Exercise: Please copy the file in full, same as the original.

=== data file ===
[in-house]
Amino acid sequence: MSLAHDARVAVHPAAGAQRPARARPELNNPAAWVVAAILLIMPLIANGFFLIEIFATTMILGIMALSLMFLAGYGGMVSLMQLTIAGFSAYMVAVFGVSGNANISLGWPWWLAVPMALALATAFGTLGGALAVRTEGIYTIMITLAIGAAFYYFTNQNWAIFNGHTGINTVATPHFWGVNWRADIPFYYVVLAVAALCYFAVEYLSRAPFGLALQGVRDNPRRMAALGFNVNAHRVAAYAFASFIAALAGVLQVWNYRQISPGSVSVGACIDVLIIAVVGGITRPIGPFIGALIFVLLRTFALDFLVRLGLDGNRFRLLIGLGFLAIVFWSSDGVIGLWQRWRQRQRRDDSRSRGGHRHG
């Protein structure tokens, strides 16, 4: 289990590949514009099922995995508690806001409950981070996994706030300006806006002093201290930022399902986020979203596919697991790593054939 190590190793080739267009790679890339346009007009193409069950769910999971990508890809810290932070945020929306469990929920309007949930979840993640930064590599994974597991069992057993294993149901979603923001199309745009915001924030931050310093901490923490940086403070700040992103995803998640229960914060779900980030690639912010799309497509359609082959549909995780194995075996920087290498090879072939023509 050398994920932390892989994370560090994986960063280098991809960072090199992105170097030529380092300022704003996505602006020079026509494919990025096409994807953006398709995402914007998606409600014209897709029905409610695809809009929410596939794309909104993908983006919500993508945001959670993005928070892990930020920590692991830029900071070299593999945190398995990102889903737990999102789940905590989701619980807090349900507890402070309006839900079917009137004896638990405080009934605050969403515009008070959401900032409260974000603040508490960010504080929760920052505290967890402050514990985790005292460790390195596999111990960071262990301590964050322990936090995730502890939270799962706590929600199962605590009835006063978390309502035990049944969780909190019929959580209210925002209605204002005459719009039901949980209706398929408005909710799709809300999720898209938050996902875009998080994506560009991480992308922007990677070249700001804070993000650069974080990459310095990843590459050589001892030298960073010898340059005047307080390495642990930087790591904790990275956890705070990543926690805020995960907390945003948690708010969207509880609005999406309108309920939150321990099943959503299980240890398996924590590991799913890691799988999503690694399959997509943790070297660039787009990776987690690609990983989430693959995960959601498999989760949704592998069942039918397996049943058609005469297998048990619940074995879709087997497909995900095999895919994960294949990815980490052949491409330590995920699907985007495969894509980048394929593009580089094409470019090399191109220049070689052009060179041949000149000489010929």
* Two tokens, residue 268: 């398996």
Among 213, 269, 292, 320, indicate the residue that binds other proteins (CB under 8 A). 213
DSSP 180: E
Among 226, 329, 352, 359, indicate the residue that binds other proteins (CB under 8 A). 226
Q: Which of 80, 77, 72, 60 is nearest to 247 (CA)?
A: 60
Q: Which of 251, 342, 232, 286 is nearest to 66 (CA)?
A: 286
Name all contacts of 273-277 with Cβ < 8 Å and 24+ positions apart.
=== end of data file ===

[in-house]
Amino acid sequence: MSLAHDARVAVHPAAGAQRPARARPELNNPAAWVVAAILLIMPLIANGFFLIEIFATTMILGIMALSLMFLAGYGGMVSLMQLTIAGFSAYMVAVFGVSGNANISLGWPWWLAVPMALALATAFGTLGGALAVRTEGIYTIMITLAIGAAFYYFTNQNWAIFNGHTGINTVATPHFWGVNWRADIPFYYVVLAVAALCYFAVEYLSRAPFGLALQGVRDNPRRMAALGFNVNAHRVAAYAFASFIAALAGVLQVWNYRQISPGSVSVGACIDVLIIAVVGGITRPIGPFIGALIFVLLRTFALDFLVRLGLDGNRFRLLIGLGFLAIVFWSSDGVIGLWQRWRQRQRRDDSRSRGGHRHG
């Protein structure tokens, strides 16, 4: 289990590949514009099922995995508690806001409950981070996994706030300006806006002093201290930022399902986020979203596919697991790593054939 190590190793080739267009790679890339346009007009193409069950769910999971990508890809810290932070945020929306469990929920309007949930979840993640930064590599994974597991069992057993294993149901979603923001199309745009915001924030931050310093901490923490940086403070700040992103995803998640229960914060779900980030690639912010799309497509359609082959549909995780194995075996920087290498090879072939023509 050398994920932390892989994370560090994986960063280098991809960072090199992105170097030529380092300022704003996505602006020079026509494919990025096409994807953006398709995402914007998606409600014209897709029905409610695809809009929410596939794309909104993908983006919500993508945001959670993005928070892990930020920590692991830029900071070299593999945190398995990102889903737990999102789940905590989701619980807090349900507890402070309006839900079917009137004896638990405080009934605050969403515009008070959401900032409260974000603040508490960010504080929760920052505290967890402050514990985790005292460790390195596999111990960071262990301590964050322990936090995730502890939270799962706590929600199962605590009835006063978390309502035990049944969780909190019929959580209210925002209605204002005459719009039901949980209706398929408005909710799709809300999720898209938050996902875009998080994506560009991480992308922007990677070249700001804070993000650069974080990459310095990843590459050589001892030298960073010898340059005047307080390495642990930087790591904790990275956890705070990543926690805020995960907390945003948690708010969207509880609005999406309108309920939150321990099943959503299980240890398996924590590991799913890691799988999503690694399959997509943790070297660039787009990776987690690609990983989430693959995960959601498999989760949704592998069942039918397996049943058609005469297998048990619940074995879709087997497909995900095999895919994960294949990815980490052949491409330590995920699907985007495969894509980048394929593009580089094409470019090399191109220049070689052009060179041949000149000489010929």
* Two tokens, residue 268: 């398996």
Among 213, 269, 292, 320, indicate the residue that binds other proteins (CB under 8 A). 213
DSSP 180: E
Among 226, 329, 352, 359, indicate the residue that binds other proteins (CB under 8 A). 226
Q: Which of 80, 77, 72, 60 is nearest to 247 (CA)?
A: 60
Q: Which of 251, 342, 232, 286 is nearest to 66 (CA)?
A: 286
Name all contacts of 273-277 with Cβ < 8 Å and 24+ positions apart.